Gordon Raynal
        Inman, SC
        >
        > Best Wishes
        >
        > --
        > JOHN E. STATON
        > www.christianreflection.org.uk
        >
        >
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      • John E. Staton
        Gordon, I think you are not giving sufficient weight to the nature of ancient biography/history. There was nothing to stop the ancient historian/biographer
        Message 3 of 10 , Aug 5 6:46 AM
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          Gordon,
          I think you are not giving sufficient weight to the nature of ancient
          biography/history. There was nothing to stop the ancient
          historian/biographer from making up speeches and putting them into
          characters' mouths. All ancient hstories and biographies were written
          with the express purpose of "teaching a lesson", which in terms of the
          gospels would mean they were indeed very theological documents. However
          it would defy reason to suggest that ancient historians made up every
          detail of their stories. If their subjects had been so unsuitable to
          their purpose, why not choose another subject? And surely wholesale
          invention would have been transparent and that would have destroyed the
          historian's point, which was to suggest that there is historical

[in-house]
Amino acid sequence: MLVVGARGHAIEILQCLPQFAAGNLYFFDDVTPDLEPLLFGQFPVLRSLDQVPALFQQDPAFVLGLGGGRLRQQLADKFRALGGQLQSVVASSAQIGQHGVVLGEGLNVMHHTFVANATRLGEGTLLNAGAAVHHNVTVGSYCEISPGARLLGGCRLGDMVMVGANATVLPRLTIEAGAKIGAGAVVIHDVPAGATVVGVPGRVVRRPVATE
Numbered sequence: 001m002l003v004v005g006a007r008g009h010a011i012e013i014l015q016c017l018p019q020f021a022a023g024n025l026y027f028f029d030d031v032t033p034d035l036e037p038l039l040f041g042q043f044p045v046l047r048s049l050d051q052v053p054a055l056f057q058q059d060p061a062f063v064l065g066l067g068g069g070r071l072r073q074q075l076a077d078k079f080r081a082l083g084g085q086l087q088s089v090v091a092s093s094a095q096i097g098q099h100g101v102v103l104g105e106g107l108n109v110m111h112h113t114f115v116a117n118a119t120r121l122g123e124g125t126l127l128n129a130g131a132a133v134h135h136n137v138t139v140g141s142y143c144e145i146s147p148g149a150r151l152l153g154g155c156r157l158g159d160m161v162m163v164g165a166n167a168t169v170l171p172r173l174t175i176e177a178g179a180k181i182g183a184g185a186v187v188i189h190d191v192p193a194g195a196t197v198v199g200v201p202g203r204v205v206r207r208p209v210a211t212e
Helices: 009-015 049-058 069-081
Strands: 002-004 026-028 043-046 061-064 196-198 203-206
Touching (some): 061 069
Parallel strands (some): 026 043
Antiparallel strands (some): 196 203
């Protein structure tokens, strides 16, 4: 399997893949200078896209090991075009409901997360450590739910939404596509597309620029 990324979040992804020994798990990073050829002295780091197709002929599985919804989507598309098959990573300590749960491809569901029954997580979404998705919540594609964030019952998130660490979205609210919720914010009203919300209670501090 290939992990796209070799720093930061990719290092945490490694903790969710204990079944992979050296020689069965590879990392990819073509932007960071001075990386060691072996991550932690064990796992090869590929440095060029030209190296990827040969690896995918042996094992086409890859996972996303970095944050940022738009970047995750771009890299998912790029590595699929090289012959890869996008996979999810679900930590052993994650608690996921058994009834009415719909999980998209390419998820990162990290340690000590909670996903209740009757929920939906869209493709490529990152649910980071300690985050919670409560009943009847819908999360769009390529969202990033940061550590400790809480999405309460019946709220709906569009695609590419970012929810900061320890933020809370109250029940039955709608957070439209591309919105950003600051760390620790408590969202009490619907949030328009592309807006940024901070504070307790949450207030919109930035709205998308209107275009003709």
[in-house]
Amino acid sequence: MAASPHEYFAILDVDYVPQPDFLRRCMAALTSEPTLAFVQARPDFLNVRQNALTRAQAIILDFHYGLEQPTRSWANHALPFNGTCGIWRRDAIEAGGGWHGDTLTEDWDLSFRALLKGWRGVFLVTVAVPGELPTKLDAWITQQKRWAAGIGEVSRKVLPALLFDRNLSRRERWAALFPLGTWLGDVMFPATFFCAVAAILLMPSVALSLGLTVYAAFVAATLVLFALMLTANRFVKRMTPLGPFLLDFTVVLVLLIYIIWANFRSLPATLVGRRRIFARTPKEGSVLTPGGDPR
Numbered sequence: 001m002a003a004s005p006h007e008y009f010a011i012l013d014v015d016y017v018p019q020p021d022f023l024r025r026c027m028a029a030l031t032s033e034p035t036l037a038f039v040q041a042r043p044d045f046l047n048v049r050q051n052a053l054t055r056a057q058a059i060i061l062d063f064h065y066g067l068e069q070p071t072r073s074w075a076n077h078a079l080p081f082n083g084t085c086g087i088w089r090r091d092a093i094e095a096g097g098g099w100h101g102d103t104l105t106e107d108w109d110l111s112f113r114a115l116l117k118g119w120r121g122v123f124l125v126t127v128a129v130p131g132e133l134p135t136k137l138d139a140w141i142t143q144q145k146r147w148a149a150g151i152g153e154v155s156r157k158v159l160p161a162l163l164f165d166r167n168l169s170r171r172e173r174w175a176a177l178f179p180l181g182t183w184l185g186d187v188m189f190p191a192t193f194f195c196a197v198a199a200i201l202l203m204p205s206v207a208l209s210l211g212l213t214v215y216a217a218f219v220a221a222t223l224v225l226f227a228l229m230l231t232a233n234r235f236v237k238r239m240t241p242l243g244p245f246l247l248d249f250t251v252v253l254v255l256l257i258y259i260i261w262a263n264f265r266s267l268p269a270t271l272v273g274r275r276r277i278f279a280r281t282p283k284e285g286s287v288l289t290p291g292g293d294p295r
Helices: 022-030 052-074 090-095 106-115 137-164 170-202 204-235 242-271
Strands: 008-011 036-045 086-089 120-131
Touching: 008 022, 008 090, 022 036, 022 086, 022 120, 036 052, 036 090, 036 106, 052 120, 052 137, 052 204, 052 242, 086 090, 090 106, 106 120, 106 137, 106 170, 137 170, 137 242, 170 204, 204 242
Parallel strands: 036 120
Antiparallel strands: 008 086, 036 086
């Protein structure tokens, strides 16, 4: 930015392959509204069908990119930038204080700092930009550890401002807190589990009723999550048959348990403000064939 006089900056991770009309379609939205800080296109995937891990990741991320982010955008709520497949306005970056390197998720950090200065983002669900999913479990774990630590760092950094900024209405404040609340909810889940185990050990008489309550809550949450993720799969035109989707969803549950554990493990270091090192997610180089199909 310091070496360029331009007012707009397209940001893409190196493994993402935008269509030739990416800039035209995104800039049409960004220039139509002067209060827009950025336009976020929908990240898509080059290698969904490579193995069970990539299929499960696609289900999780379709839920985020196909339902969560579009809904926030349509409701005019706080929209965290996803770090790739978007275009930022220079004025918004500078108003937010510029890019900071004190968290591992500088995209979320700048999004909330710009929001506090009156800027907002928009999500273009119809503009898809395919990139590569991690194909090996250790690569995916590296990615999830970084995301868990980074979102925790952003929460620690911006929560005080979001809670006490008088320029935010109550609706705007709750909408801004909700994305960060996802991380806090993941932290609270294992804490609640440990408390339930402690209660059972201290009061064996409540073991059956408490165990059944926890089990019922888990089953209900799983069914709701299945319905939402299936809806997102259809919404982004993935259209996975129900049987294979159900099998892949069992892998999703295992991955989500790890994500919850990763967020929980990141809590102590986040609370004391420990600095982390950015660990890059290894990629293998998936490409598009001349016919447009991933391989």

evidence that observing the point the historian is making is a good
          policy. He might indeed choose to include in his narrative only those
          elements of hsi story which make his case, and he may well interpret the
          evidence heavily - not least by puting words into the characters'
          mouths. But if the picture of the subject was not recognisably the
          subject as his readers knew him/her to be, his purpose would not be well
          served. I acknowledge that it is likely accounts of miracles would be
          added to accounts, but to paint a portrait of a man as a "healer" who
          was known not to have been such would bot have washed. The Jewish
          traditions you cite would appear to attribute stories to people long
          dead, and sometimes to people about whom little is known,which is a
          different matter entirely.

          Your elucidation of the intertextual references between the gospel
          account of Jesus and the story of the Exodus (or the OT story of Israel
          as a whole) begs the question as to where these connections were first
          made. You appear to attribute this theology to Mark, but given that the
          church referred to Jesus from almost day one after the resurreection as
          Jesus Christ (i.e. Messiah), it is highly likely that the church before
          Mark had already made these connections and had portrayed Jesus in that
          light. Following Bauckham one could then posit that maybe Jesus' closest
          followers had made those connections. From there it would be a very
          short step to suggesting Jesus himself had made the connections, and
          that Mark was portraying Jesus the way Jesus portrayed himself
          (though this last step is, of course, very speculative).

          As for the Walking on the Water, I think it is striking how few miracles
          of these are found in the canonical gospels as contrasted with such as
          the Infancy Gospel of Thomas, and it is also to be noted how closely the
          canonical account is tied to the theology of the Jewish tradition and
          the theology of the church. The story of animating clay birds is just a